These three authors contributed equally to the paper.
Multilevel genomic analysis of the response of transcripts, enzyme activities and metabolites in Arabidopsis rosettes to a progressive decrease of temperature in the non-freezing range
Article first published online: 10 DEC 2007
© 2008 The Authors
Plant, Cell & Environment
Volume 31, Issue 4, pages 518–547, April 2008
How to Cite
USADEL, B., BLÄSING, O. E., GIBON, Y., POREE, F., HÖHNE, M., GÜNTER, M., TRETHEWEY, R., KAMLAGE, B., POORTER, H. and STITT, M. (2008), Multilevel genomic analysis of the response of transcripts, enzyme activities and metabolites in Arabidopsis rosettes to a progressive decrease of temperature in the non-freezing range. Plant, Cell & Environment, 31: 518–547. doi: 10.1111/j.1365-3040.2007.01763.x
- Issue published online: 10 DEC 2007
- Article first published online: 10 DEC 2007
- Received 5 July 2007; received in revised form 23 November 2007; accepted for publication 30 November 2007
- expression arrays;
- metabolite profile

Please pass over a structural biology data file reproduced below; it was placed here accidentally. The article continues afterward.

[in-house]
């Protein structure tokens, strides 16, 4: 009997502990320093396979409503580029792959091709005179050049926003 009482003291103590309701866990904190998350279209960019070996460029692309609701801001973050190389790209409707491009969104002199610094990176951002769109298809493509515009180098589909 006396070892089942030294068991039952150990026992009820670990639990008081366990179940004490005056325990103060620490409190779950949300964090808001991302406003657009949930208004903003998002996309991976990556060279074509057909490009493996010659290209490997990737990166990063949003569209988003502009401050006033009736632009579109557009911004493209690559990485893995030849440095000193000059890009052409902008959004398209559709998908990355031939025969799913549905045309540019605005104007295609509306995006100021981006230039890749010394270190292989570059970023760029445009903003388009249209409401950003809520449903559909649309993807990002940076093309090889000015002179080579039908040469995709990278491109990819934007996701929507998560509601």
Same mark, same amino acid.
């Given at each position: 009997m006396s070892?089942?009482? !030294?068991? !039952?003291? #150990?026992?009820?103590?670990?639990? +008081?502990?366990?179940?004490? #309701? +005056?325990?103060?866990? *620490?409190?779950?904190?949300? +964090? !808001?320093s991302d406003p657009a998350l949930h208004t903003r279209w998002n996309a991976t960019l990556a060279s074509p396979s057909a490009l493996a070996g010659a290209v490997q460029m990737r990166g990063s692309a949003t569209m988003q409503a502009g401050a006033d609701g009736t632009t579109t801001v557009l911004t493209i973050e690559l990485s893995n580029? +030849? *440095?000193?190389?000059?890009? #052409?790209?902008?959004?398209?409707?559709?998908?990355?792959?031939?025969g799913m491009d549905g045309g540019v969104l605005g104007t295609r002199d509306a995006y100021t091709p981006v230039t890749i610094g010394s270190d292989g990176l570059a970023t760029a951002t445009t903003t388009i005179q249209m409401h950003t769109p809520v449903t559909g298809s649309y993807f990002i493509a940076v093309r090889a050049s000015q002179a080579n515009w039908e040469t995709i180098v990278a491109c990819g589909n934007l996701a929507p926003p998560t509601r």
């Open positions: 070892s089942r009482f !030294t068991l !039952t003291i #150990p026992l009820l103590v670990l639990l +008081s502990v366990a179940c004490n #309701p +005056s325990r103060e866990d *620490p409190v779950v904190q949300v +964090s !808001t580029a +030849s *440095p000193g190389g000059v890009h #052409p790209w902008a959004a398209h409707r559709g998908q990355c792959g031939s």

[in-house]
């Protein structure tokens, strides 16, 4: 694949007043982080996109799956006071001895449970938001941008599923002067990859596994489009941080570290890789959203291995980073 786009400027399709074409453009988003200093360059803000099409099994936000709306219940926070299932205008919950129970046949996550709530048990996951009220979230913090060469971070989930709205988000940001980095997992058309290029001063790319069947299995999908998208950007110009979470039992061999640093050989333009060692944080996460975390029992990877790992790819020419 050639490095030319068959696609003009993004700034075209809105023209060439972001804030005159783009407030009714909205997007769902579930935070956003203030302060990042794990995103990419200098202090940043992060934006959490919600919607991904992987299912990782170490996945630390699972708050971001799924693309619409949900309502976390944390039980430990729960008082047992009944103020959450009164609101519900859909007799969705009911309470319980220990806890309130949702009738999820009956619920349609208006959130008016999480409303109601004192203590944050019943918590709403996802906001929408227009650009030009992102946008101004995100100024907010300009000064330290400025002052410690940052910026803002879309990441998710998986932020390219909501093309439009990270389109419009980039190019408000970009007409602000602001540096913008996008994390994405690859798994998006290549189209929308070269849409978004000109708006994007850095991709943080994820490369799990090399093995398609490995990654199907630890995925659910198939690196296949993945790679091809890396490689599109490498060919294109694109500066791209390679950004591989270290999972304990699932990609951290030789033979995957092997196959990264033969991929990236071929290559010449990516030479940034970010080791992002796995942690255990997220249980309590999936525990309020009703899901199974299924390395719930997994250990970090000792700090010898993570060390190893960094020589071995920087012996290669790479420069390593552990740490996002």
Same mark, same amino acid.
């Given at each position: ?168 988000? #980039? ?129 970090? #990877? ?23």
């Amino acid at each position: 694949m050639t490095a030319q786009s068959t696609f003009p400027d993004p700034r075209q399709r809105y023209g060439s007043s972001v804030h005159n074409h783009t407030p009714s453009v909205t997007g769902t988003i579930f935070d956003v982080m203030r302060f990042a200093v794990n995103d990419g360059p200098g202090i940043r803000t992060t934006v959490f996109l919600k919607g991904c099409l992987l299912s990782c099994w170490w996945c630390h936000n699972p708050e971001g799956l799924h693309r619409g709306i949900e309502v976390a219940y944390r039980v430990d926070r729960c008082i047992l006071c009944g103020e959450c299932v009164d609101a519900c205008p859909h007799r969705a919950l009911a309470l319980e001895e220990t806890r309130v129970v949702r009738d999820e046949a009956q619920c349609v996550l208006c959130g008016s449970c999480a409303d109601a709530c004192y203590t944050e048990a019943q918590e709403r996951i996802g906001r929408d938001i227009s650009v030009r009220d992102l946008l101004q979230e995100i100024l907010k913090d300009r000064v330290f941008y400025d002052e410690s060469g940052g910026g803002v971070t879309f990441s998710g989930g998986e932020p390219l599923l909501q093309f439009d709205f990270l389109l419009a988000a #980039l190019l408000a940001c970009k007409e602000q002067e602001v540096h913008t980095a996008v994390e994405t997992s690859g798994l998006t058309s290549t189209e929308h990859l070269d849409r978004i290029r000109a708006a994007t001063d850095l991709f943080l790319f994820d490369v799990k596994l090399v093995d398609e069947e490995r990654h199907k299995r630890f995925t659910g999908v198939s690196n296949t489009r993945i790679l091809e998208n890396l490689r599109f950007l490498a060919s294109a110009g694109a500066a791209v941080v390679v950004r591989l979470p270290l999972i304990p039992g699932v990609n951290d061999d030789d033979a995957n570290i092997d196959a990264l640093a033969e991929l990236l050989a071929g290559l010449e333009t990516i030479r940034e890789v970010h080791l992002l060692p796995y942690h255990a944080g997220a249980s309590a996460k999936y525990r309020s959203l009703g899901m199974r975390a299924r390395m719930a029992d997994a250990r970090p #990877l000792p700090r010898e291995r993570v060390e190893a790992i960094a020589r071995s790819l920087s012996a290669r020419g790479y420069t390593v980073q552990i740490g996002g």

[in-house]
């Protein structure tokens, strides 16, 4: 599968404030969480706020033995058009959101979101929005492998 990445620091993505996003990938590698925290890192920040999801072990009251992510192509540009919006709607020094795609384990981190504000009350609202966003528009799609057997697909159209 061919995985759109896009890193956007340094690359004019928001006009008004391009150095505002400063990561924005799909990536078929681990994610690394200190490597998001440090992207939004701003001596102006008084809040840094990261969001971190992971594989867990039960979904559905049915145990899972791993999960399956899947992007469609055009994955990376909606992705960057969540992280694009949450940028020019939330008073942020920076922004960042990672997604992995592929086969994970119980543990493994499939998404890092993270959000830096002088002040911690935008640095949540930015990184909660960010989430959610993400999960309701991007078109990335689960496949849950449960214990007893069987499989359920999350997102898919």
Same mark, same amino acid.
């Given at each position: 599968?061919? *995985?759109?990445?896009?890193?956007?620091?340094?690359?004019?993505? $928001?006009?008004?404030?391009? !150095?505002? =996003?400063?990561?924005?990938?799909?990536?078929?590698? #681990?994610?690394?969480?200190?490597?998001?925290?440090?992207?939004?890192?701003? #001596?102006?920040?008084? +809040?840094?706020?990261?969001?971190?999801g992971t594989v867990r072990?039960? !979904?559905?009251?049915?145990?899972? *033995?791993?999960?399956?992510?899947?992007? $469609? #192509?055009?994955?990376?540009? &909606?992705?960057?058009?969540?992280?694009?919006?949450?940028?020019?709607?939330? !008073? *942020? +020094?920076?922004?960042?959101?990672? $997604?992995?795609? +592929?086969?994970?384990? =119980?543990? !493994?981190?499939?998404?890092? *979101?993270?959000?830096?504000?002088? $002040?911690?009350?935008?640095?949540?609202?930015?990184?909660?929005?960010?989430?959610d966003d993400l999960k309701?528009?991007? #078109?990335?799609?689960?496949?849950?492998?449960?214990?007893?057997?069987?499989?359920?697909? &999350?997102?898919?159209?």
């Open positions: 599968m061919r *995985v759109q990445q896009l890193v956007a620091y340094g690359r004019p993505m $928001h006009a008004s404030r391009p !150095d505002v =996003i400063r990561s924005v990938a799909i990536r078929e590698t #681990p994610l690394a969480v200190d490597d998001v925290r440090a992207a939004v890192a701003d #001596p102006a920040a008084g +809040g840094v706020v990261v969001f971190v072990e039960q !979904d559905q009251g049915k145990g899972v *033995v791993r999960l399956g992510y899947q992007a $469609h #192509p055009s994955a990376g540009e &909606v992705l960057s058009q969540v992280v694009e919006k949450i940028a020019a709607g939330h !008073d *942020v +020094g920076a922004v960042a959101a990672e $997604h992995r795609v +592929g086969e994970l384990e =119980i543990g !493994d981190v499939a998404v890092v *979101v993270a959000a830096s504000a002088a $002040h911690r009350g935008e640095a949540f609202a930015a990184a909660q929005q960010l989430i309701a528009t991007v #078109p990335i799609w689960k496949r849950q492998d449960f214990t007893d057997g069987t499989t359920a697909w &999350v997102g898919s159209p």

This paper characterizes the transcriptional and metabolic response of a chilling-tolerant species to an increasingly large decrease of the temperature. Arabidopsis Col-0 was grown at 20 °C and transferred to 17, 14, 12, 10 or 8 °C for 6 and 78 h, before harvesting the rosette and profiling >22 000 transcripts, >20 enzyme activities and >80 metabolites. Most parameters showed a qualitatively similar response across the entire temperature range, with the amplitude increasing as the temperature decreased. Transcripts typically showed large changes after 6 h, which were often damped by 78 h. Genes were induced for sucrose, proline, raffinose, tocopherol and polyamine synthesis, phenylpropanoid and flavonoid metabolism, fermentation, non-phosphorylating mitochondrial electron transport, RNA processing, and protein synthesis, targeting and folding. Genes were repressed for carbonic anhydrases, vacuolar invertase, and ethylene and jasmonic acid signalling. While some enzyme activities and metabolites changed rapidly, most changed slowly. After 6 h, there was an accumulation of phosphorylated intermediates, a shift of partitioning towards sucrose, and a perturbation of glycine decarboxylation and nitrogen metabolism. By 78 h, there was an increase of the overall protein content and many enzyme activities, a general increase of carbohydrates, organic and amino acids, and an increase of many stress-responsive metabolites including raffinose, proline, tocopherol and polyamines. When the responses of transcripts and metabolism were compared, there was little agreement after 6 h, but considerable agreement after 78 h. Comparison with the published studies indicated that much, but not all, of the response was orchestrated by the CBF programme. Overall, our results showed that transcription and metabolism responded in a continuous manner across a wide range of temperatures. The general increase of enzyme activities and metabolites emphasized the positive and compensatory nature of this response.